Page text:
Over the last several months I’ve been pondering a particular phrase, which I’ve taken slightly out of context and used to describe shadowy, evasive characters that occasionally show up at various locales around the globe. These “personages,” for lack of a better term, run the gamut from those phenomenon associated with cryptozoology, extraterrestrials, and presumed “interdimensional” beings the likes of Bigfoot, Mothman, and others strange Fortean creatures. It is possible that sightings of such creatures are explainable, and at other times they could be ethereal in nature, such as with the state of mind that occurs when Transcendental Meditation mantras are evoked. But getting to the heart of the matter, the term I’m referring to with relevance to these characters now is “folk devil,” which, in its original context (first used by sociologist Stanley Cohen in his 1972 book Folk Devils and Moral Panics), meant an individual or group blamed for inconveniences or social problems, as perceived by the media.

What got me thinking about the use of this term with regard to Fortean phenomenon is the less-often observed parallel many “strange beings” have with bad luck and general negativity. Take, for instance, the appearances of so-called “shadow people” and, in specific, shadowy entities who appear to have a penchant for wearing Stovepipe hats (a rather curious accessory that has long been associated with villains over the decades… just think Snidely Whiplash). Withing cryptozoological circles, this kind of character might be lumped in alongside reports of Bigfoot who, very strangely, are sometimes reported wearing human clothing!

But while we’re looking at strange, otherworldly beings who have been witnessed wearing peculiar apparel, I want to go ahead and share a unique encounter sent to me recently by a Gralien Report reader, pertaining to an 1838 encounter with a tall, hairy humanoid which, by virtue of its devilish claims, seemed to indicate that he was actually the biblical Cain from the book of Genesis.

Cris Coleman of The Biblical Apologist blog shares more:

I found this unusual big-foot-sounding encounter in a biography,

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Author: Micah Hanks

Micah Hanks is a writer, researcher, and podcaster. His interests include areas of history, science, archaeology, philosophy, and the study of anomalous phenomena in nature. He can be reached at info@micahhanks.com.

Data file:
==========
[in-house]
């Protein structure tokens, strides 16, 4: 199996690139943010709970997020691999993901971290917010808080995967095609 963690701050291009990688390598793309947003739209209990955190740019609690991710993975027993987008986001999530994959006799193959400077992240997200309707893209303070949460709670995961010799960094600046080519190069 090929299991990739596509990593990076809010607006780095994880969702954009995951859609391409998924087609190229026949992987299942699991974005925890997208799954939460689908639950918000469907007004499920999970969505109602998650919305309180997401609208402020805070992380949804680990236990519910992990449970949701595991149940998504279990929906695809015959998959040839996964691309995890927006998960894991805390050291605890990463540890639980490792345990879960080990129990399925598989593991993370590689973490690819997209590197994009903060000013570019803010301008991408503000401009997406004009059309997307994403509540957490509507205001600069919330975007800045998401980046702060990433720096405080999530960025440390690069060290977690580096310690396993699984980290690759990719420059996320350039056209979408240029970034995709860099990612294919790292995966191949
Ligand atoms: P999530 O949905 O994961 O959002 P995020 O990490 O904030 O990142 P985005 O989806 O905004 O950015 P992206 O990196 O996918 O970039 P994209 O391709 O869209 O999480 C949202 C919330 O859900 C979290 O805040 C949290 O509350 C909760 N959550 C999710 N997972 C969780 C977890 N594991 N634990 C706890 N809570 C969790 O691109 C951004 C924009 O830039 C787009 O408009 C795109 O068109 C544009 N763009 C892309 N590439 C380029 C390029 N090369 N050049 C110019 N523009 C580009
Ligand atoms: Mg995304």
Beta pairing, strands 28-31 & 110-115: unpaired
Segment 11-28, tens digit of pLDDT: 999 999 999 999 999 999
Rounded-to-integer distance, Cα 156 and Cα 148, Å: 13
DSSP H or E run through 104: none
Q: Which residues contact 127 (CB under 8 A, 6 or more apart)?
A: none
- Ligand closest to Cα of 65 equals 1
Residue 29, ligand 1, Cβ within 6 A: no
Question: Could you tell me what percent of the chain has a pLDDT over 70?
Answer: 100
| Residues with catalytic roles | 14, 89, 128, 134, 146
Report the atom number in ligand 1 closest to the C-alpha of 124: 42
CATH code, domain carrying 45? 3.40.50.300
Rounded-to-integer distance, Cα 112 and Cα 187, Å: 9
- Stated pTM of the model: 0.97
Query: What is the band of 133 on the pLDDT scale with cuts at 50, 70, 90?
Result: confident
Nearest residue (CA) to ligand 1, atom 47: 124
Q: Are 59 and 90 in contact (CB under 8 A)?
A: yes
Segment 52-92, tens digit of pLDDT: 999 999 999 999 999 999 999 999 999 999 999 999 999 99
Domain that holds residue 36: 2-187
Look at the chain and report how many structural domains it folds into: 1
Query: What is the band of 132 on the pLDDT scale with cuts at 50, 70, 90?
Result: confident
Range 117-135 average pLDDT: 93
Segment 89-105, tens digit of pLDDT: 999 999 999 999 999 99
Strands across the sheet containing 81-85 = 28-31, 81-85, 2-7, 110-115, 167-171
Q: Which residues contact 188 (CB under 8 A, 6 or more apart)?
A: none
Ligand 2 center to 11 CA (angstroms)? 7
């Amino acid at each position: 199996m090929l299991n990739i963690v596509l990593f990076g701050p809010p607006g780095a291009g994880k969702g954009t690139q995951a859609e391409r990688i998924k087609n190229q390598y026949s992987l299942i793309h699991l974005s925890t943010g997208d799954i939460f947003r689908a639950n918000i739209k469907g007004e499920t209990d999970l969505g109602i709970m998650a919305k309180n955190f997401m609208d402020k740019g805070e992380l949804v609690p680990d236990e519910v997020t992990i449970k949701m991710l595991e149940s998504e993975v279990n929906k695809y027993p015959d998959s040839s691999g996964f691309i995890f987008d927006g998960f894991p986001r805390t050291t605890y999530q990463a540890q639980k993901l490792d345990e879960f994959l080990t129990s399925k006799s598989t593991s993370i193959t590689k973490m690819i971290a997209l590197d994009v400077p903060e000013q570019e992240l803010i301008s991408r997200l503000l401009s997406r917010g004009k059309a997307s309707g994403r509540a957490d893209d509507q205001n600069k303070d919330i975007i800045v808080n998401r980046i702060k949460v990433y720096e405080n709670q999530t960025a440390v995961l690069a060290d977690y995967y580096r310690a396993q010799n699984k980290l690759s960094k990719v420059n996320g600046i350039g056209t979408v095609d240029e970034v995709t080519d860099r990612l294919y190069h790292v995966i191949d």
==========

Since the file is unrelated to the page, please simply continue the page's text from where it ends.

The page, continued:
4 Replies to “A 19th Century Encounter with a Folk Devil?

  1. Sorry, amigo. No similar account that I can think of.

    BTW, Have you had time to hear to the latest Binnall of America’s podcast with this fellow, Gian Quasar? He has just written a book called “Recasting Bigfoot”.

    To say it will be controversial is an understatement.

  2. Both Jacques Vallee’s excellent Passport to Magonia and Allen Greenfield’s books Secret Cypher of then UFOnauts and Secret Rituals of the Men in Black list off particular examples of instances where aspects of modern and otherwise secular UFOlogy and forteana link up directly with religious and occult traditions much older. I think Keel’s Our Haunted Planet had something to say on the subject as well, though I forget. Vallee’s stuff, as usual, is the most scrupulously documented. I’m not aware of any specific crossovers within cryptozoology but outside of the UFO domain (with the exception of the extremely vibrant polynesian cryptids, which were it not for continuing sightings would barely make it into myth territory), but this might be just because of the disconnect in popularity: if it’s not bigfoot or nessie, you mightn’t as well bother talking about it to anyone who doesn’t yet consider Keel and Vallee household names, while ETs (or whatever is sold as ETs) are popular in the book market.

  3. I was thinking about creatures that are ubiquitous throughout world cultures and I thought about creatures like dwarves, gremlins, brownies, elves, fairies, etc. It seems to me that these fantasy creatures show up in many cultures. For example, the Aboriginal tales of the bunyip were transformed into a creature used to scare white colonial settlers. Same goes for the role that trolls would often play in Scandinavian countries. Consequently, I always think of Looney Tunes episodes that featured the gremlin that would constantly attempt to ravage an airplane that Bugs Bunny was on. Here, this fantasy pest makes its way into pop culture, straight from WWII air force tales. Could creatures such as gremlins or the bunyip be considered a “folk devil”? They seem to be similar in characteristics, different in name and appearance alone. And they cause problems within society or groups of people.

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